Short Poem Saturday – El Hombre – Williams

ElHombre_WCWIt is strange for me to think of William Carlos Williams as being undiscovered or overshadowed: his poetry certainly keeps up with all of the other titans of poetry in every anthology I come across. And yet, during his lifetime, his work was consistently overpowered by his contemporary T.S. Eliot. It would be the Beat poets who would “discover” and elevate him and his work – although the appreciation was apparently not mutual (my thanks to Matt over at Beat.Company for that lead!). I have been strongly drawn to working in collage for WCW poems these last few weeks – collage and composition by me.

12 comments

  1. Serendipity to see your post this morning. A Christmas gift from my husband this year: City Lights Pocket Poets Anthology, edited by Lawrence Ferlinghetti, 60th Anniversary Edition. The book store in San Fran — the Beat Generation.

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    1. Lovely! What a great gift – I didn’t know they had this (it is now on my list!). I miss living near City Lights – I need to make a return “pilgrimage”. Through this blog, I’ve learned so much more about its rich poetry history!

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  2. Very cool post! I have not really heard of this man which kind of proves your point about him being overlooked. I am always happy to find talented and interesting people who are not given the credit they are due. It is awesome you are bringing to light the man’s poetry talents. I will have a read of some of his works. Thanks for sharing

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    1. Thank you! It is my pleasure! I find it interesting how literary careers trace their paths – their twists and turns. Having studied poetry a bit, I knew WCW’s more well known poems, but little of the arc of his career. I hope you enjoy his poems! I am excited to follow your blog and read your upcoming posts, you obviously put a tremendous amount of research into each one!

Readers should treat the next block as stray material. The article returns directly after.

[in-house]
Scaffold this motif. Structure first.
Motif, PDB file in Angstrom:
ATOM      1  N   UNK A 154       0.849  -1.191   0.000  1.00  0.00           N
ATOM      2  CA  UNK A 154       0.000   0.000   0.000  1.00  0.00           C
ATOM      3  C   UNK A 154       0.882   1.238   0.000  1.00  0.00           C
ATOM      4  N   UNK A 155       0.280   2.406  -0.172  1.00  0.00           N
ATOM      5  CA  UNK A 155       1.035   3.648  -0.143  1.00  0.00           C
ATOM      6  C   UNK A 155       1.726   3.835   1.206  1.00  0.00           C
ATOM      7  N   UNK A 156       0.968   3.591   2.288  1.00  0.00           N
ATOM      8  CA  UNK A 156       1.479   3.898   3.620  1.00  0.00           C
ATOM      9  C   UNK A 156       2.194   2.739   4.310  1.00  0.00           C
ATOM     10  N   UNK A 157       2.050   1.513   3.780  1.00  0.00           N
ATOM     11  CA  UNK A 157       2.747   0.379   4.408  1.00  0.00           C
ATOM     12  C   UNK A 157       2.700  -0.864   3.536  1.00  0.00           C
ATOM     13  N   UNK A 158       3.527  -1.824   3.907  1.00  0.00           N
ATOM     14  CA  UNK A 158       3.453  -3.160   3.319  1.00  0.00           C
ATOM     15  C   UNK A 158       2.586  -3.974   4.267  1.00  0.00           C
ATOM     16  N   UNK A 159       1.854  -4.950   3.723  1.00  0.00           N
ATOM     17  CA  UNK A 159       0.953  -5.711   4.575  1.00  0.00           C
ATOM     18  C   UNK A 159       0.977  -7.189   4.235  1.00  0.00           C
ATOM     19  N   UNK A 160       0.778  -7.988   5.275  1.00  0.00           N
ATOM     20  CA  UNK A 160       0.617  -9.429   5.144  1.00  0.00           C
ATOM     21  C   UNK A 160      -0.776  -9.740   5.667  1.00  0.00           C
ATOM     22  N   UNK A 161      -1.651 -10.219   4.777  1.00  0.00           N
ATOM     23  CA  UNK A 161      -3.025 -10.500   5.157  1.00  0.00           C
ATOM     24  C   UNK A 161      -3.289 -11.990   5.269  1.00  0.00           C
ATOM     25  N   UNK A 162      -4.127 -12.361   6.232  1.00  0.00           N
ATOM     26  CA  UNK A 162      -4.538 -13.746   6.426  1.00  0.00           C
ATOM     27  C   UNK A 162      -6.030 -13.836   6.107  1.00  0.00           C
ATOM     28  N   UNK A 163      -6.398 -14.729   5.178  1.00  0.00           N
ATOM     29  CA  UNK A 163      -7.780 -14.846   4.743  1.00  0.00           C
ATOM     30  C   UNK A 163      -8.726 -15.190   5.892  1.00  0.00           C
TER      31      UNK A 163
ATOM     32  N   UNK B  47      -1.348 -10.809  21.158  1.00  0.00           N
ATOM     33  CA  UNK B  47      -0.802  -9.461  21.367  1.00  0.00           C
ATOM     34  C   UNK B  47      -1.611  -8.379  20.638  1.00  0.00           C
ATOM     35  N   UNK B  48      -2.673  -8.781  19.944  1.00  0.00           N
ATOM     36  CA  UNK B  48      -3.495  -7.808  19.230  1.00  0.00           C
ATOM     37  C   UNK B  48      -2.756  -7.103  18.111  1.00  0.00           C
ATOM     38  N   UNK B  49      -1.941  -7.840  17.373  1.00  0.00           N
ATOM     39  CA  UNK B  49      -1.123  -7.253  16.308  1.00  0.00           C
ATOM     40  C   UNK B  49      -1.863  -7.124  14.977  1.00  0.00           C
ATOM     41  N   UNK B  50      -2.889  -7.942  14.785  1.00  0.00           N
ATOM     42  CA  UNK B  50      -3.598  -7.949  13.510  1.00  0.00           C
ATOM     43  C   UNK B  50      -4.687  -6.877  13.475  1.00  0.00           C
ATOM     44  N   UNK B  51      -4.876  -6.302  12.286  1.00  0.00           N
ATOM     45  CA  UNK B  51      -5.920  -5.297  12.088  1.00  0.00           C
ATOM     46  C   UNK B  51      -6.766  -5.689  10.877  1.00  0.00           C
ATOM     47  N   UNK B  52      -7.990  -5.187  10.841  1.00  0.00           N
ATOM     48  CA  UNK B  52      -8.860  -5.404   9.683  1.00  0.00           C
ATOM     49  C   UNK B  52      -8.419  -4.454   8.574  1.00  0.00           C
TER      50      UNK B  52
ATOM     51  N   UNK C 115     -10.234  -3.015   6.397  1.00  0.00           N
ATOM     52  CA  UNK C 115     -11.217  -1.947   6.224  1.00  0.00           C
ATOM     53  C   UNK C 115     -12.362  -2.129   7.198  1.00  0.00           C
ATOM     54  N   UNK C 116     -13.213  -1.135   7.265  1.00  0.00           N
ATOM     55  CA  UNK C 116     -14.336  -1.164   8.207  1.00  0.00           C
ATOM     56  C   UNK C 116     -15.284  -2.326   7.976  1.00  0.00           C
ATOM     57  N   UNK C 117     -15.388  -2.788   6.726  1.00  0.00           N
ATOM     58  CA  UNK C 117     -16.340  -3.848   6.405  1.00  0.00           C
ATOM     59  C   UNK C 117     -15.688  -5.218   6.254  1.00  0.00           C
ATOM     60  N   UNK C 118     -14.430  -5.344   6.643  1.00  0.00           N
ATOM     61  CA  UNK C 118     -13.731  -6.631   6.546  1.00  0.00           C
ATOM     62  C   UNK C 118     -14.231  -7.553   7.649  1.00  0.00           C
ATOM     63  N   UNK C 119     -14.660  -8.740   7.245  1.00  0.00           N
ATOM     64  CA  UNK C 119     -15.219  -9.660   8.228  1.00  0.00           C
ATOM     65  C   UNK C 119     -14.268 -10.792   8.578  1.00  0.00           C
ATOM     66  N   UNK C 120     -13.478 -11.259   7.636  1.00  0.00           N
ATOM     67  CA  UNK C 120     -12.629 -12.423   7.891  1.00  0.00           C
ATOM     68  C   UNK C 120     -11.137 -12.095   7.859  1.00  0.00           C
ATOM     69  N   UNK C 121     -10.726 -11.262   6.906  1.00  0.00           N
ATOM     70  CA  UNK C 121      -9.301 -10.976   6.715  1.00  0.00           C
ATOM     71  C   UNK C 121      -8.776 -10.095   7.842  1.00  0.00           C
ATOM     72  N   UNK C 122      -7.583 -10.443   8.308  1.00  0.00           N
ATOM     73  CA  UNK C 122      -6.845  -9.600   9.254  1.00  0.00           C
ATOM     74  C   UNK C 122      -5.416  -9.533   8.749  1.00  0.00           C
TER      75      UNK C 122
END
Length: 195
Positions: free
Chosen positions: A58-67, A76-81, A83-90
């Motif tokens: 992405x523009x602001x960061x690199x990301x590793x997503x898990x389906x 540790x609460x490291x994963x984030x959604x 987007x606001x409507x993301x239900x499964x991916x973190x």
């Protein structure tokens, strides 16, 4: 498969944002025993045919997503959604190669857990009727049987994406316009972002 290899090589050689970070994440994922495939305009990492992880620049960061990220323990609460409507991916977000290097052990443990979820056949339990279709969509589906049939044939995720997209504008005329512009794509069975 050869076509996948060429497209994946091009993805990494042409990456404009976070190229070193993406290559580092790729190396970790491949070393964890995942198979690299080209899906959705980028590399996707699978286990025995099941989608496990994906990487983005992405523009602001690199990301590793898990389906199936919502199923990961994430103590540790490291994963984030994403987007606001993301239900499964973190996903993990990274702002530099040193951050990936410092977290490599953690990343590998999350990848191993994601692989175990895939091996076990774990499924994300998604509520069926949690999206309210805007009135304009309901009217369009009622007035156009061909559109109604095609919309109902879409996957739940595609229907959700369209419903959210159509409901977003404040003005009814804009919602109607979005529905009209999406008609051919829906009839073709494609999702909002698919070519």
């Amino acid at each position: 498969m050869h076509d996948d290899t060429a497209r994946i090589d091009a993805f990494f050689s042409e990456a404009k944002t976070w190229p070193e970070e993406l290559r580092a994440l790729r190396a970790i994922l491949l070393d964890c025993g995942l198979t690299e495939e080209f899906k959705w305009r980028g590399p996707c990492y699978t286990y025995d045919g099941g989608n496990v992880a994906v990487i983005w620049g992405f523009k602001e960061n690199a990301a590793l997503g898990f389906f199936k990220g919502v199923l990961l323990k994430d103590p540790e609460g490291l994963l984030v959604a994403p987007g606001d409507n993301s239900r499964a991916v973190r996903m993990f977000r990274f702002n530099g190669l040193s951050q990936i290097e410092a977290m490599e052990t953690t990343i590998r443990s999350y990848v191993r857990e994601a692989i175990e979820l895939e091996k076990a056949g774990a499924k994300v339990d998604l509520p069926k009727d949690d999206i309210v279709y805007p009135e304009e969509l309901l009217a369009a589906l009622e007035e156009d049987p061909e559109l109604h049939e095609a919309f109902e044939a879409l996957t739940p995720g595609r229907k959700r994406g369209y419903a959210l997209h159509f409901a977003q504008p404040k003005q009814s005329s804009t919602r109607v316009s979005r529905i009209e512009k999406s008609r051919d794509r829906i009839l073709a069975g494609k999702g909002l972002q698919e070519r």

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  3. Addendum:

    Also in San Francisco, Ginsberg met members of the San Francisco Renaissance (James Broughton, Robert Duncan, Madeline Gleason and Kenneth Rexroth) and other poets who would later be associated with the Beat Generation in a broader sense. Ginsberg’s mentor William Carlos Williams wrote an introductory letter to San Francisco Renaissance figurehead Kenneth Rexroth, who then introduced Ginsberg into the San Francisco poetry scene. There, Ginsberg also met three budding poets and Zen enthusiasts who had become friends at Reed College: Gary Snyder, Philip Whalen, and Lew Welch. In 1959, along with poets John Kelly, Bob Kaufman, A. D. Winans, and William Margolis, Ginsberg was one of the founders of the “Beatitude poetry magazine“.

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